Washington state codifies and expands economic nexus requirements

Apr 03, 2019
Apr 03, 2019
0 min. read

On March 14, 2019, Gov. Jay Inslee signed Substitute Senate Bill 5581, codifying the Washington State Department of Revenue’s previously announced rule that remote sellers with sales exceeding $100,000 or 200 transactions into the state of Washington are required to collect sales tax.

Sales and use tax nexus

Recall that on June 21, 2018, the U.S. Supreme Court’s decision in South Dakota v. Wayfair overturned the long-standing “physical presence” nexus standard. In response, the states began to impose sales and use tax collection and remittance responsibilities on remote sellers based solely on out-of-state sellers’ economic presence within their borders. The Washington Department of Revenue provided guidance on Aug. 3, 2018, in the wake of Wayfair, that certain remote sellers exceeding $100,000 in sales or 200 or more transactions would be required to collect sales tax beginning on Oct. 1, 2018. This guidance was in addition to the states election to collect the sales tax or comply with use tax notice and reporting when sales exceeded $10,000, originally enacted on Jan. 1, 2018.

Senate Bill 5581 codifies and expands the department’s guidance requiring out-of-state retailers with at least $100,000 in gross income of the business from all retail sales made by the seller or 200 transactions into the state of Washington from Oct. 1, 2018 through March 13, 2019 to collect sales tax. Effective March 14, 2019, out-of-state retailers exceeding the transaction threshold alone are no longer required to collect retail sales tax, leaving in place the $100,000 sales threshold. Additionally, Senate Bill 5581 eliminates the election to comply with use tax notice and reporting requirements in lieu of collecting sales tax.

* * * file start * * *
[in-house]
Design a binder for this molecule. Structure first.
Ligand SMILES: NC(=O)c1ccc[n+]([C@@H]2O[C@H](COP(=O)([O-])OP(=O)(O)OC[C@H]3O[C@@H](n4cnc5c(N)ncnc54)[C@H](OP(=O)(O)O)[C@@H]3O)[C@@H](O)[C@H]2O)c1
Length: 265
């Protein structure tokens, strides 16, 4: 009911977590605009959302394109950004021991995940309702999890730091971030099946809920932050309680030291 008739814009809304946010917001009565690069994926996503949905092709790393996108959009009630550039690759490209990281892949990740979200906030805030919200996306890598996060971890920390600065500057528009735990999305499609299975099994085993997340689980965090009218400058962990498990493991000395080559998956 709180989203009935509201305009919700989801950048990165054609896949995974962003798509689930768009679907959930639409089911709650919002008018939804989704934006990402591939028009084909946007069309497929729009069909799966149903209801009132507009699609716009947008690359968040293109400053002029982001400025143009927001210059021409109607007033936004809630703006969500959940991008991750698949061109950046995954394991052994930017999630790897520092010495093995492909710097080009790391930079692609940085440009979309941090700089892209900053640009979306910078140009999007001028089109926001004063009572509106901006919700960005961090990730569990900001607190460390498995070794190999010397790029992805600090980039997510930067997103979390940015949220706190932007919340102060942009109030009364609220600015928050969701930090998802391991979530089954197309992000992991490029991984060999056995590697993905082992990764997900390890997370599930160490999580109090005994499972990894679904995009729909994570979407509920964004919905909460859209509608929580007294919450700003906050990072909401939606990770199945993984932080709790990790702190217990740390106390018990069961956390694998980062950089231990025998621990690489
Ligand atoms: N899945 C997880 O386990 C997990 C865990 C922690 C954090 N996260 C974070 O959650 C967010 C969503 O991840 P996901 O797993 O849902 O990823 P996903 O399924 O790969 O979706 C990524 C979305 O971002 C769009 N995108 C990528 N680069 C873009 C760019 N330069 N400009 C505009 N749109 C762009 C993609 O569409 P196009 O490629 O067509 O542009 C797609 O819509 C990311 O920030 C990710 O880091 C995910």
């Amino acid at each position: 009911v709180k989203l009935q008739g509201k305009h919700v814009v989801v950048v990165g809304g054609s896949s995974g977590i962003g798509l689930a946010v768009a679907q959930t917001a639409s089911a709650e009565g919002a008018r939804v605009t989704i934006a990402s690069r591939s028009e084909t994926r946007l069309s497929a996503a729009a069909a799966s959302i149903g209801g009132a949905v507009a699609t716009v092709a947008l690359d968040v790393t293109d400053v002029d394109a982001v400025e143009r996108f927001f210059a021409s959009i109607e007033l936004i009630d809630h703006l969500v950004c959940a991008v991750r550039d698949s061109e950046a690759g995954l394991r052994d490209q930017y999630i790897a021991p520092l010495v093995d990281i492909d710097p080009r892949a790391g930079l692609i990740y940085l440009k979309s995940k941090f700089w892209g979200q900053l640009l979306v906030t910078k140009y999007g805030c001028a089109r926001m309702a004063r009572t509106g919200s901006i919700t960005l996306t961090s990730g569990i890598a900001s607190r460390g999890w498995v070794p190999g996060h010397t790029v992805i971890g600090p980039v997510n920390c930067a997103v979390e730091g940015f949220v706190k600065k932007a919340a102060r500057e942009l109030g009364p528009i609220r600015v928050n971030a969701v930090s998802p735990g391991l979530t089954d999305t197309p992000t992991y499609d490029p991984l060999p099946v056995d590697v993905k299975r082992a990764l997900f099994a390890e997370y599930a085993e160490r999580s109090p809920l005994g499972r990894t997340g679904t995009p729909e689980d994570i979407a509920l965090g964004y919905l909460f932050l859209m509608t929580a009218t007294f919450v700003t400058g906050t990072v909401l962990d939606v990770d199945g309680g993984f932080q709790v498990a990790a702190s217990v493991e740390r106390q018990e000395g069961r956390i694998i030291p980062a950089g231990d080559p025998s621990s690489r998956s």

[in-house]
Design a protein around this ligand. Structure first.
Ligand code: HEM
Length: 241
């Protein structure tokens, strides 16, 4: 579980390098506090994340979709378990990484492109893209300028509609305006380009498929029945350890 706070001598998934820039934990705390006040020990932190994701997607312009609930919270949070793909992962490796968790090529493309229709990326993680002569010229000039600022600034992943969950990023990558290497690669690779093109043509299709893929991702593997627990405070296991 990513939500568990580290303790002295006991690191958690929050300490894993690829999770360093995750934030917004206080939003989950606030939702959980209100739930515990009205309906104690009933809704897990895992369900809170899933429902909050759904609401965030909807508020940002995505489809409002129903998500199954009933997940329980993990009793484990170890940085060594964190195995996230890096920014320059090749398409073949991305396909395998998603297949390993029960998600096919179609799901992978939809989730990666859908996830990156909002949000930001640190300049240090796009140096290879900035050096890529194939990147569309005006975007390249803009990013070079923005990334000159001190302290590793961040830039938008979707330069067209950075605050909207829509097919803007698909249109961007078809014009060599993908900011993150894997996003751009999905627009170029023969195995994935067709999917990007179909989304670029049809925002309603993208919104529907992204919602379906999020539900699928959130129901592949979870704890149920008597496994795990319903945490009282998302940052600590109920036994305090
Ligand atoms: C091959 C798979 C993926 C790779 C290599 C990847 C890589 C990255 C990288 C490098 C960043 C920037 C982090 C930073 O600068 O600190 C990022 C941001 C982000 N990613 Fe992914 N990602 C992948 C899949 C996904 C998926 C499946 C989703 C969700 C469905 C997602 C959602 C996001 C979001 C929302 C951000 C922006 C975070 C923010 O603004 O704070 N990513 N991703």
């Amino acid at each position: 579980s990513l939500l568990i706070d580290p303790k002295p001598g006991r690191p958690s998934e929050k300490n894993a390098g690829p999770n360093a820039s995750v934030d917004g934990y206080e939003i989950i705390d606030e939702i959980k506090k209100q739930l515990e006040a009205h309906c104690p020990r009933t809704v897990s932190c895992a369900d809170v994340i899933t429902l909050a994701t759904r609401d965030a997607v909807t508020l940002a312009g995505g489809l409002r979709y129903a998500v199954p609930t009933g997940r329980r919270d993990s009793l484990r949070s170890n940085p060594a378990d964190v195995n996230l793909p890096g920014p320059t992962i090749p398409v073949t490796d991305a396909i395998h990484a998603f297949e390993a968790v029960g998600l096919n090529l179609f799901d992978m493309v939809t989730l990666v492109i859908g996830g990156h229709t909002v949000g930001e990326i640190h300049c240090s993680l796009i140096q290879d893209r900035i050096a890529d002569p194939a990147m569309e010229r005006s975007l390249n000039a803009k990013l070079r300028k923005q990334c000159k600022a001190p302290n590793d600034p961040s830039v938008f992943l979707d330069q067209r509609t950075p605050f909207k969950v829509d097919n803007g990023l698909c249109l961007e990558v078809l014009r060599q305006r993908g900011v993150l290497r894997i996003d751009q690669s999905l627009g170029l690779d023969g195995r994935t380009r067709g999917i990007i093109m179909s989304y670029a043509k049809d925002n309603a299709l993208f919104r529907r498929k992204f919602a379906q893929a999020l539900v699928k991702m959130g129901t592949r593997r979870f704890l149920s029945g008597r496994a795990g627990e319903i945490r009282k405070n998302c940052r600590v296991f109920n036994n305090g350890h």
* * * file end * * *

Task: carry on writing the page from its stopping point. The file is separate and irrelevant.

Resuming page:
Additionally, marketplace facilitator provisions were amended. Beginning July 1, 2019, marketplace facilitators are required to provide sellers the necessary information needed for the seller to file their excise tax return. Further, marketplace facilitators are required to collect and remit all other taxes and fees beginning Jan. 1, 2020.

Business and occupation tax

Senate Bill 5581 lowers the economic nexus thresholds for Business and Occupation (“B&O”) tax to $100,000, from $267,000. The previous thresholds of property, payroll, and the 25 percent of total sales have been repealed making $100,000 of cumulative gross receipts the sole threshold for B&O reporting as of Jan. 1, 2019.

Another notable revision includes elimination of the B&O exemption for sales of goods in “import commerce.” Effective March 14, 2019, foreign businesses meeting nexus thresholds may have a B&O reporting obligation, as well as a retail sales tax collection requirement.


Businesses with $100,000 of sales into Washington now have both a B&O and sales tax compliance obligation. The B&O reporting process requires diligence and may catch taxpayers off guard who are reporting for the first time. Additionally, with the frequent changes to Washington’s remote seller sales tax nexus provisions over the last year, taxpayers should consider a thorough review of their sales and transactions to verify compliance with the various provisions.

Since Wayfair was decided, a majority of states that impose a statewide general sales tax now enforce remote seller economic presence nexus thresholds. Multistate taxpayers with questions about compliance under the ever-changing sales and use tax nexus landscape should speak to their tax advisers on how to diligently track and comply with these new provisions.